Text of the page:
A little personalization goes a long way!
With Sendlane’s Enhanced Behavior Tracking functionality, you’re able to monitor customer activity starting from the moment they arrive at your landing page to when they reach the shopping cart. This way, you’re able to send more personalized emails to your contacts.
3. Focus on Communicating the Benefits
It’s easy to understand that most of your customers won’t be thrilled to learn about the really cool product update your team released or about how your product evolved into its current version.
Here’s the deal: you need to save the technical details for your release notes!
Emailing contacts every few days about the latest update or bug fix will only land you in the spam folder. Ouch!
Here’s a quick exercise you can use to make sure your product update emails are engaging and impactful:
When you’re writing product update emails, ask yourself if the messaging is feature-focused or benefit-focused.
What’s that, you ask?
Feature-focused messaging revolves around what your product does whereas benefit-focused messaging tells customers what’s in it for them.
For example, informing customers about recent support staff hires is feature-focused messaging. But telling them they don’t need to worry about running into issues “because professional support is only a phone call away” is benefit-focused messaging.
So, depending on the types of products, services, or subscriptions you sell, you might want to let customers know how they’ll benefit from the latest product update.
Here are some quick ideas to get you thinking:
- How does the latest update save customers time and improve their workflow?
- Does it make their interactions and data more secure?
- Will they be able to meet their goals faster?
For example, an e-commerce platform may send product update emails to inform users about their app’s new lite version which consumes less mobile internet data.
In a scenario like this, instead of saying, we’ve developed a progressive web app they might say something along the lines of save mobile internet data by installing our latest app!.
See how that turns features into benefits?
Check out this example from Spotify:
Notice how they’ve divided the product update email up into three different sections that communicate the benefits? It lets users know that they can get to their music faster, add songs to their Favorites playlist, and search for new music to listen to. It’s benefit-focused.
Of course, if you really must announce technical updates, you might want to set up a release notes page on your website and link to it from your emails instead of including them inline.
This way, you’ll get the best of both worlds.
For example, a food supplement company wanting to inform their customers about nutritional facts in their latest product should only mention the nutrients and leave the quantitative information to the product’s web page.
4. Add Visuals to Boost Engagement
It’s no secret that all-text emails come off as boring and dull. No one wants to read those!
In contrast, emails with engaging visuals like GIFs, images, and screenshots generate user interest.
Use images, graphics, illustrations, and videos in your email messages to inform your customers about how new features in your product work. In other words, encourage them to check out the latest updates by showing them how it’s done!
Here’s another way to generate more user interest: include screenshots of poll results that show which features were requested by your customers.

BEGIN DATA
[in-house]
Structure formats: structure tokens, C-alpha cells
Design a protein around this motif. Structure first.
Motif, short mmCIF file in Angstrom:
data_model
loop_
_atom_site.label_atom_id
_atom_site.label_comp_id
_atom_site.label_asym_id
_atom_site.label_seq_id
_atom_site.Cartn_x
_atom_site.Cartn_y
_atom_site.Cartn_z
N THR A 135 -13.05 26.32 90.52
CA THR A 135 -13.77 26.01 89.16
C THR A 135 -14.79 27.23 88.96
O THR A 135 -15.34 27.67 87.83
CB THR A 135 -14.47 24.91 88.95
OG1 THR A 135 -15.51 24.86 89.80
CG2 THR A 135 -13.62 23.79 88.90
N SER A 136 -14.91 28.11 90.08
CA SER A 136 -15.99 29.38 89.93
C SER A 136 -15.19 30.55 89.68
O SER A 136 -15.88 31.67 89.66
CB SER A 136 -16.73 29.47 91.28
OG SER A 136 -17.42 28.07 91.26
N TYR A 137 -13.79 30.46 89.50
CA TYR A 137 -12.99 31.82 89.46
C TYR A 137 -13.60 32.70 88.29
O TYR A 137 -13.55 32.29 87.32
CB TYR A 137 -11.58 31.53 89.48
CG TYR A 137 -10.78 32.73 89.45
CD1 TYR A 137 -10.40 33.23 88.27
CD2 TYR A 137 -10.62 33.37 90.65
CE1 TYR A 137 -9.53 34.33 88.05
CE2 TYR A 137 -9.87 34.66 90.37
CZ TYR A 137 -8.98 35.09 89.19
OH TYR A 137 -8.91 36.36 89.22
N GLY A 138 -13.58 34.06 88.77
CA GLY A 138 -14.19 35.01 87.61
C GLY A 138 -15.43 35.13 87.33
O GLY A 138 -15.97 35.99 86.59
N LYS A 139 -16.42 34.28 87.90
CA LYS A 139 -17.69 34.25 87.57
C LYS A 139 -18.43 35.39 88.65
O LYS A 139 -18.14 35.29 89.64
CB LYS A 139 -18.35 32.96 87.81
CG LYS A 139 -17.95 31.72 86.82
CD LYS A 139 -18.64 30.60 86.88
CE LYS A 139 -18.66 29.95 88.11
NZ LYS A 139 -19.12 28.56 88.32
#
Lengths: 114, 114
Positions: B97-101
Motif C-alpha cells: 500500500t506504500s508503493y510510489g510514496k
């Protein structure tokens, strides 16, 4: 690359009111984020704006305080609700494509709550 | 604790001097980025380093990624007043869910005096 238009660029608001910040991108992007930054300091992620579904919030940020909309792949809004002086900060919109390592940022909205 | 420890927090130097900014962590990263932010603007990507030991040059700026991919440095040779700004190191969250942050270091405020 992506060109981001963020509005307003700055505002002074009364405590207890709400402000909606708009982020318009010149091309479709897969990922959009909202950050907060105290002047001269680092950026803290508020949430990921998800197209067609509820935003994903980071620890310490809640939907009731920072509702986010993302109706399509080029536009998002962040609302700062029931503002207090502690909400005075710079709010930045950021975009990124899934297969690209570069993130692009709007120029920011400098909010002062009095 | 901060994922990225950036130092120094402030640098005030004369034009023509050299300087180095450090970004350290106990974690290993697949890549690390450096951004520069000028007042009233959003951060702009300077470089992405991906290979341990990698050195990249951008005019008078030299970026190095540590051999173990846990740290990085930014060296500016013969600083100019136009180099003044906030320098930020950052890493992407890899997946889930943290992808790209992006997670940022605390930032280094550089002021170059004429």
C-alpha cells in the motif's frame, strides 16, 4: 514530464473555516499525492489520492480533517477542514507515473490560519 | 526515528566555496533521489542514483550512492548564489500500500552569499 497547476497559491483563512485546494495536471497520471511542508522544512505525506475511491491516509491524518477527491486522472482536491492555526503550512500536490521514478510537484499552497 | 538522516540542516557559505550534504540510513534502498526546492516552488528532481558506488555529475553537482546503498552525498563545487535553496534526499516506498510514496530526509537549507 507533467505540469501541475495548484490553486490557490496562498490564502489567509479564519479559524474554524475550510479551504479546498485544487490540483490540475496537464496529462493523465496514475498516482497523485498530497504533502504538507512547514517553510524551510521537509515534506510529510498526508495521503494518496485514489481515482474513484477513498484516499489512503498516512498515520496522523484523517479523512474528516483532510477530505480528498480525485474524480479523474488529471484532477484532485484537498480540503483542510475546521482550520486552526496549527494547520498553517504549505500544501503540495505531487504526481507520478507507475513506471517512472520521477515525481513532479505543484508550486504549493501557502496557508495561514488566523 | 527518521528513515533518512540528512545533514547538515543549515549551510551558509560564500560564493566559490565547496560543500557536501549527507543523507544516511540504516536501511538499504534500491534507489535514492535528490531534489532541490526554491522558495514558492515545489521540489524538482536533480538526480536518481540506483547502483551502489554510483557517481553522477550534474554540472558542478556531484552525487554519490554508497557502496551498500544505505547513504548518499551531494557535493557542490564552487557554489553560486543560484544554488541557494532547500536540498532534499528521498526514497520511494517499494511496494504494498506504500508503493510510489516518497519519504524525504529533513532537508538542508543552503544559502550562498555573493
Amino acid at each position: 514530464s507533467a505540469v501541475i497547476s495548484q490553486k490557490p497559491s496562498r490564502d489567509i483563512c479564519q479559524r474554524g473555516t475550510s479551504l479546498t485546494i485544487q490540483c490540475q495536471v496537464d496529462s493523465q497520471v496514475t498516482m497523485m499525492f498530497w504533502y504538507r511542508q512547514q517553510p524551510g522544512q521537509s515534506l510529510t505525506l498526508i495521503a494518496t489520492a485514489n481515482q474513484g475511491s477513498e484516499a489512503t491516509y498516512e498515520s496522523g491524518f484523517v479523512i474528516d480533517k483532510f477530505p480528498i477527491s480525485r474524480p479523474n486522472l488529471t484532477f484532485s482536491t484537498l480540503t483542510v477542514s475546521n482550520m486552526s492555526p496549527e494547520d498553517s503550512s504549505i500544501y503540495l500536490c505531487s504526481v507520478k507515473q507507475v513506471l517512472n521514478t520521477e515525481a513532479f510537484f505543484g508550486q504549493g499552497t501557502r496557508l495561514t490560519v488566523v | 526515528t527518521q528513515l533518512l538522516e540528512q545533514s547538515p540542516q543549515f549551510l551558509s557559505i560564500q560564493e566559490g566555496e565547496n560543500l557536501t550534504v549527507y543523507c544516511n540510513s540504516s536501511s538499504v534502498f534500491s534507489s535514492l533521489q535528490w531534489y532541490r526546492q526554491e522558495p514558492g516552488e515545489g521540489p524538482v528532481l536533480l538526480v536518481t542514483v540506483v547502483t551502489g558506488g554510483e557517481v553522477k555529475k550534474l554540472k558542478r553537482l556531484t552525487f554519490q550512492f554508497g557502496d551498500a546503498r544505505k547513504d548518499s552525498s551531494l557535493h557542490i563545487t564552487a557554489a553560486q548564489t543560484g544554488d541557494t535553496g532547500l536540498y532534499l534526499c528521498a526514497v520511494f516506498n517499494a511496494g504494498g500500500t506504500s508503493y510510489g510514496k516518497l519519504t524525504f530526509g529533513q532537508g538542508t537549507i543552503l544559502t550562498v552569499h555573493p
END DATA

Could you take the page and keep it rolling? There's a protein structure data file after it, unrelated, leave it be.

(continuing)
Aside from getting contacts to learn more about the new feature, this is a great way of letting customers know that you appreciate their suggestions. It’s a win-win scenario!
Take a look at this visually-appealing email from Jetty:
See how they’ve announced that they’re bringing their services to four more states? The company uses a map as a visual depiction to announce their new geographical areas of business presence.
5. Invite Customers to Try Out the Beta Release
You already know that companies use beta releases to test products or tools that are under development before releasing it for everyone to use, right?
Well, then you also know it’s important to plan it out properly. You’ll need to decide several different things:
- How many people should you send the invite to?
- Who will receive the invite?
- How will you ask for their input and feedback?
Take a look at how Timeline does it:
Start by asking a small number of people to test your product and then slowly increase the number of beta testers until you reach an optimal number.
Here’s some more quick advice: make sure that you’re sending emails to people who are really interested in your product and would be willing to send you useful feedback about any bugs they discover.
Isn’t that the point of beta-testing, anyway?
When SwiftKey announced their new beta release, they sent customers this email:
It lets recipients know how they can download the software and how to give feedback. It’s simple, clear, and to the point.
Also, it’s important to clearly inform recipients that it’s a beta-release and not a stable version. You wouldn’t want your inbox totally cramped with customer complaints!
Are You Ready to Launch?
Sending product update emails is all about speaking directly to your customers and making sure you’re communicating the benefits of the latest update instead of simply stating what it does.
It’s all quite simple, really.
If your goal is to get customers to check out the new update, use visuals (like images, GIFs, and videos) to illustrate how they can get started. If you want them to read more about the update, link to a blog post.
There’s so much room for creativity when it comes to generating user interest and engagement from product update emails!
Follow the tips we shared above to get started with a step in the right direction!
Are you guilty of sending out product update emails too frequently? We’d love to hear from you so let us know by commenting below!